Hormones, incentive, experience "make best traders"

LONDON (Reuters) - British scientists say a perfect combination of testosterone, experience and a hunger for a share of profits can produce financial traders who consistently outperform the market -- even during a crisis.

Traders work on the floor of the New York Stock Exchange November 9, 2009. REUTERS/Brendan McDermid

Researchers from Cambridge University who studied 53 traders from the City of London financial district found that several years of trading experience, the right kind of hormones and profit-sharing incentives make profitable, prudent risk-takers.

The study looked at male “high-frequency” traders, who buy and sell financial products but only hold positions for only a few seconds, and the “Sharpe ratio” performance measure -- a ratio between trading profit and the level of risk taken.

The Sharpe ratio was developed in 1966 by former Nobel prize winner William Sharpe to measure risk-adjusted performance.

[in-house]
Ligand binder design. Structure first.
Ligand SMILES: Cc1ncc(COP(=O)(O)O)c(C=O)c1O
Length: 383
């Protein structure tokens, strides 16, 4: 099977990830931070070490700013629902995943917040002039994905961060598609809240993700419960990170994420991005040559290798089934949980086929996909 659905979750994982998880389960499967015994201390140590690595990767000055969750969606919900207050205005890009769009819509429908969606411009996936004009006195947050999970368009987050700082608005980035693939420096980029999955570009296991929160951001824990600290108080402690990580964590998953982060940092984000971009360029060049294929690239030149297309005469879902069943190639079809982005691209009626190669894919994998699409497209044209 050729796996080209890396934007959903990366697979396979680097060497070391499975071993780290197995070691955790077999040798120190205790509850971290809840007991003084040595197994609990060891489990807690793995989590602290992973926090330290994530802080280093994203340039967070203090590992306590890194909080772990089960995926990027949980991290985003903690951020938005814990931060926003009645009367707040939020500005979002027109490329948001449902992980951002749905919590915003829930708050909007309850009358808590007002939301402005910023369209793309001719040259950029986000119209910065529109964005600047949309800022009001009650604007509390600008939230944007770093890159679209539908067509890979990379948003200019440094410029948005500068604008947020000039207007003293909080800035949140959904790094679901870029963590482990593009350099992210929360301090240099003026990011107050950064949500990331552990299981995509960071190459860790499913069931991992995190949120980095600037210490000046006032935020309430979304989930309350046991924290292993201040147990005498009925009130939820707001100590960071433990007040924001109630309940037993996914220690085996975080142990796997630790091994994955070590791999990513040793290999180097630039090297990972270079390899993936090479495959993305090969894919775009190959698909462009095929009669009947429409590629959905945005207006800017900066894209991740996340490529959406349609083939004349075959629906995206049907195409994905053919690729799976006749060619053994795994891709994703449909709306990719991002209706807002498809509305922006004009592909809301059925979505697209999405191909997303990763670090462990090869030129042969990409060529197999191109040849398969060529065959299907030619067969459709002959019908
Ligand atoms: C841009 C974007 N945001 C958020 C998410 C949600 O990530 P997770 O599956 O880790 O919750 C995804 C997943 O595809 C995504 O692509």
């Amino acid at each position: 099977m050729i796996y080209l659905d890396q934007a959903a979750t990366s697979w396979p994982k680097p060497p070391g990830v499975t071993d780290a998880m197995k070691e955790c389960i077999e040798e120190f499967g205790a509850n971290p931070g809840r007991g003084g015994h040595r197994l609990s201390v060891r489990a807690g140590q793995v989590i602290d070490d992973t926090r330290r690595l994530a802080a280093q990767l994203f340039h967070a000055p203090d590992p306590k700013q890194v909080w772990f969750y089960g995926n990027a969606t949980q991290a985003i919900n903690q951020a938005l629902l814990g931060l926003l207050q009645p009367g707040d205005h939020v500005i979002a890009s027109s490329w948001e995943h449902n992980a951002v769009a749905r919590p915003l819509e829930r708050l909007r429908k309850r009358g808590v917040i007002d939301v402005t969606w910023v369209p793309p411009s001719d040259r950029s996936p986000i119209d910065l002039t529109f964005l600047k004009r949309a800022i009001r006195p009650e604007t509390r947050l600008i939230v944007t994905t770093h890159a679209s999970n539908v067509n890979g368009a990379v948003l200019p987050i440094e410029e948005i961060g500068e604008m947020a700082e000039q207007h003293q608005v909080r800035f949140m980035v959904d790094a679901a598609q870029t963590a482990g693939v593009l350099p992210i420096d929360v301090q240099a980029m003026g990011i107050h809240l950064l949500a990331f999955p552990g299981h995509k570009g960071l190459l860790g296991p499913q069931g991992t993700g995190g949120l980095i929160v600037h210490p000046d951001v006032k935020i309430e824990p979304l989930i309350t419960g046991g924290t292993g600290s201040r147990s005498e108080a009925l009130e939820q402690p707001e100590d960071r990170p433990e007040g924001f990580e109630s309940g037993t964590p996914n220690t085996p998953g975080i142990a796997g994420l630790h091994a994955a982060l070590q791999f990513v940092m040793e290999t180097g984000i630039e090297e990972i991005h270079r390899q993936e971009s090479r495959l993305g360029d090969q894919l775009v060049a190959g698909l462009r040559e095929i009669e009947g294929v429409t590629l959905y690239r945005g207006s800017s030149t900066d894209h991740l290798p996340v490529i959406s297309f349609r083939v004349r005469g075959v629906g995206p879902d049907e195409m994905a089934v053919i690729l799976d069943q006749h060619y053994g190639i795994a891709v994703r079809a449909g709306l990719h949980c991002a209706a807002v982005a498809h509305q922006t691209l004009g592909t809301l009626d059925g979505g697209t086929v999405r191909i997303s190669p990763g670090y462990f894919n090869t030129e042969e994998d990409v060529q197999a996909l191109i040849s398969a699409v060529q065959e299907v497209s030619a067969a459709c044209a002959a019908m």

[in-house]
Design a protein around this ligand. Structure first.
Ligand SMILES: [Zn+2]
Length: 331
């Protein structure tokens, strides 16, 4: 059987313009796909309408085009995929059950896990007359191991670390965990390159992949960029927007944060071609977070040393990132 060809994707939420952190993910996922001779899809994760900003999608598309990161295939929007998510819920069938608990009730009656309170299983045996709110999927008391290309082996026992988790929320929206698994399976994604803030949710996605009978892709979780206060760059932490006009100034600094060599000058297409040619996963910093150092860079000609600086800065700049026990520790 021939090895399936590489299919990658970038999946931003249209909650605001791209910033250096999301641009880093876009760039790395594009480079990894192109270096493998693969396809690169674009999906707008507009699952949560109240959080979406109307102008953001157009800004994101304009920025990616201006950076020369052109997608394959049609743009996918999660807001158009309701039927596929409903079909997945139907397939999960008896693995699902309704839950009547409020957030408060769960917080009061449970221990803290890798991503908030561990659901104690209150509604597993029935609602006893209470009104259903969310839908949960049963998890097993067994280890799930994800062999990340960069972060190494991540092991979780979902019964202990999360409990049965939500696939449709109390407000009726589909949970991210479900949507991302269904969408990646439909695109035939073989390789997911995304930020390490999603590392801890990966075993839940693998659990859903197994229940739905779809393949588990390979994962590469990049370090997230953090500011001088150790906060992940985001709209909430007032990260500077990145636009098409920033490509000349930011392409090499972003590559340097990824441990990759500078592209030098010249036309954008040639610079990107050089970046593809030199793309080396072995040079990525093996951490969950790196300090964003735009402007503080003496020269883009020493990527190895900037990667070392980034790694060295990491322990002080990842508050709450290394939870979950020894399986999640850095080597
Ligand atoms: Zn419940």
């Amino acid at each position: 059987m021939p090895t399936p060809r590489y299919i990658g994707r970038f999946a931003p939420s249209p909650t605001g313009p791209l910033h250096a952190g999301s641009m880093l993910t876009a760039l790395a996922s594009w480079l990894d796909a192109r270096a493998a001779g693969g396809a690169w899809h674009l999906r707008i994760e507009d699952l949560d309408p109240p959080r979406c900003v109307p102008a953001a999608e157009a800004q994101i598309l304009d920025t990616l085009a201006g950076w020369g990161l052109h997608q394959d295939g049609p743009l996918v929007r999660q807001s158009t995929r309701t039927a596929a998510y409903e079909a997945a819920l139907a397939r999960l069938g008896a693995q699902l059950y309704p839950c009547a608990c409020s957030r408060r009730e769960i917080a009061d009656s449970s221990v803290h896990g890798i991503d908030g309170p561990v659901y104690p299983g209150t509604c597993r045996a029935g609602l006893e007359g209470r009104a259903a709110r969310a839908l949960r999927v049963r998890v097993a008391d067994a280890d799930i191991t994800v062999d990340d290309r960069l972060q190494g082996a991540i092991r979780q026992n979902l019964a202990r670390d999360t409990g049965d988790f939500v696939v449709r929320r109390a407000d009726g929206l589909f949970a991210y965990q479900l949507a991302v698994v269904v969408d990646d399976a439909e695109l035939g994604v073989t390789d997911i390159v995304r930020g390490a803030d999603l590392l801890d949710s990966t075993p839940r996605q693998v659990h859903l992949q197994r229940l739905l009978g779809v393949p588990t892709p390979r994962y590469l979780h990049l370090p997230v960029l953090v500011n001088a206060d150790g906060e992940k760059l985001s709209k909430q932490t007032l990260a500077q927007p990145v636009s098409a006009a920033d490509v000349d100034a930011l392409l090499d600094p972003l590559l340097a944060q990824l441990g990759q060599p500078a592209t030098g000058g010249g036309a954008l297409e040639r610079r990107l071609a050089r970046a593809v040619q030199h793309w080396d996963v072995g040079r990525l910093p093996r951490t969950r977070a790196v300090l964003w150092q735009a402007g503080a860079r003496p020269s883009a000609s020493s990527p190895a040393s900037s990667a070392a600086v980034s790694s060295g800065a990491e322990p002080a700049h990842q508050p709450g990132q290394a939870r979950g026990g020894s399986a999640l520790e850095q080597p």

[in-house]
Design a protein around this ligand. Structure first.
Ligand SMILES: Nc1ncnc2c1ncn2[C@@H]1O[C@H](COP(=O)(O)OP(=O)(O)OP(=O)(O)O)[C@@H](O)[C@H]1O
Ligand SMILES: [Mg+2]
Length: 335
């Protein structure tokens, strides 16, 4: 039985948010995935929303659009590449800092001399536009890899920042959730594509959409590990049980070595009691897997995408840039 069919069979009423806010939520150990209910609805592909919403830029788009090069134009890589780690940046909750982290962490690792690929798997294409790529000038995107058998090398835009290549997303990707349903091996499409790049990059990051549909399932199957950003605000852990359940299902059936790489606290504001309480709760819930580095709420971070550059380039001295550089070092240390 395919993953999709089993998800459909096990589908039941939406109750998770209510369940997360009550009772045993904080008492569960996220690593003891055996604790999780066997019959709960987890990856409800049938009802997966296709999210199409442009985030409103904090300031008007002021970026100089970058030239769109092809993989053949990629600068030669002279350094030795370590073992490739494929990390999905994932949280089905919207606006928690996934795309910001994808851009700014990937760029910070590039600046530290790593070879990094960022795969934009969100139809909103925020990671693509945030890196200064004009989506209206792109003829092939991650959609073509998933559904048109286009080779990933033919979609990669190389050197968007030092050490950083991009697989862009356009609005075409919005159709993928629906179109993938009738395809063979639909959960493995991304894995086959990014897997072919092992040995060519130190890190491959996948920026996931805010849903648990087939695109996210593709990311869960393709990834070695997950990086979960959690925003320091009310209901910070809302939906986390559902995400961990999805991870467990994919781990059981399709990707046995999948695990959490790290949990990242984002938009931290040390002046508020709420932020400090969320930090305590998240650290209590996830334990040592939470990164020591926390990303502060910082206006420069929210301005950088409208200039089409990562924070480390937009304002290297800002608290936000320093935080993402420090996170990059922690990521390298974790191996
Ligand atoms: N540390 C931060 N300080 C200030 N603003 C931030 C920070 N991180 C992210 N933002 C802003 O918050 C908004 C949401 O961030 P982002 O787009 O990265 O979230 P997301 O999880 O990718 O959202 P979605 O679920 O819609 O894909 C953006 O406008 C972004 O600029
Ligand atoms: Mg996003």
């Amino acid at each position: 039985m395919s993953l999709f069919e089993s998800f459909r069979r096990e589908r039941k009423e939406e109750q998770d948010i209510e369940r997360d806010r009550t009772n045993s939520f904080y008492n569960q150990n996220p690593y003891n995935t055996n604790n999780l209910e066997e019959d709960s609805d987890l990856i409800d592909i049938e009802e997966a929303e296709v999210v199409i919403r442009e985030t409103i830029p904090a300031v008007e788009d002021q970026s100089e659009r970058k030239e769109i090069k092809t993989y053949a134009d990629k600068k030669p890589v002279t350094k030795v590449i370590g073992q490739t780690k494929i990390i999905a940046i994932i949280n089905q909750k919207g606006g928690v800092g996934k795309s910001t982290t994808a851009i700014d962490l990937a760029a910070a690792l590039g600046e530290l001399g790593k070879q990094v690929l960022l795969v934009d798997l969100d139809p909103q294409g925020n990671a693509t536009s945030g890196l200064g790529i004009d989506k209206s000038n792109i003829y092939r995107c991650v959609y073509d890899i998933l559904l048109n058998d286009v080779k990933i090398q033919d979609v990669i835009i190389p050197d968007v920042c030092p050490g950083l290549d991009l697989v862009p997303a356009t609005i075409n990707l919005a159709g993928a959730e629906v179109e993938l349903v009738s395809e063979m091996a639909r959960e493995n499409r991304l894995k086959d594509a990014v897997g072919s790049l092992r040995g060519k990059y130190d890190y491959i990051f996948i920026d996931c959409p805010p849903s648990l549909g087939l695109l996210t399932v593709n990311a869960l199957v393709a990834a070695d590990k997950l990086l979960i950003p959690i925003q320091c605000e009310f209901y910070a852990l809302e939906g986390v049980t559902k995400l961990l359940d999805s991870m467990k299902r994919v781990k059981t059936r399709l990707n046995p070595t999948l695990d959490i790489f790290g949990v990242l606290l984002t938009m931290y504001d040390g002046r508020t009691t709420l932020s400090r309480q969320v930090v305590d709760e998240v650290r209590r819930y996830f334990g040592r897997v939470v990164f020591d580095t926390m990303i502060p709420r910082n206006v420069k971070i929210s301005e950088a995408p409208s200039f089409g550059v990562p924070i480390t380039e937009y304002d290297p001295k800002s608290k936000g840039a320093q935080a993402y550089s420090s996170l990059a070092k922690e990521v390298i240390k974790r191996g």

“A trader making $100 million would normally be considered a star, but not if the trader could just as easily have lost $500 million. A trader’s Sharpe ratio is a better measure of skill than profits alone because it would expose this trader as reckless,” said John Coates, a Cambridge research fellow in neuroscience who previously worked on Wall Street.

The researchers compared traders’ Sharpe ratios with the Sharpe ratio of the DAX German stock market index and found that more experienced traders scored significantly higher -- an average of 1.02 compared with the Dax’s average 0.53.

The traders’ Sharpe ratios also increased markedly with the number of years they had been trading -- a result suggesting that learning plays a role in increasing returns, they wrote in the study published in the Public Library of Science journal.

Coates said his study suggested banks should use improving Sharpe ratios over time as an indication that a trader “has developed a skill worth paying for.”

“The traders in our study ... received no bonus, only profit shares. They had therefore a strong incentive to lower, not raise, the variance of their profits,” he wrote in a commentary.

Previous studies have suggested that the hormone testosterone plays an important part in the work of financial traders, with evidence that male traders will make much more aggressive trades on days when their testosterone is high.

Coates said this risk-taking trait was important, but only counted if it was combined with training and the right incentives: “In trading, as in sports, biology needs the guiding hand of experience,” he wrote.

Editing by David Cowell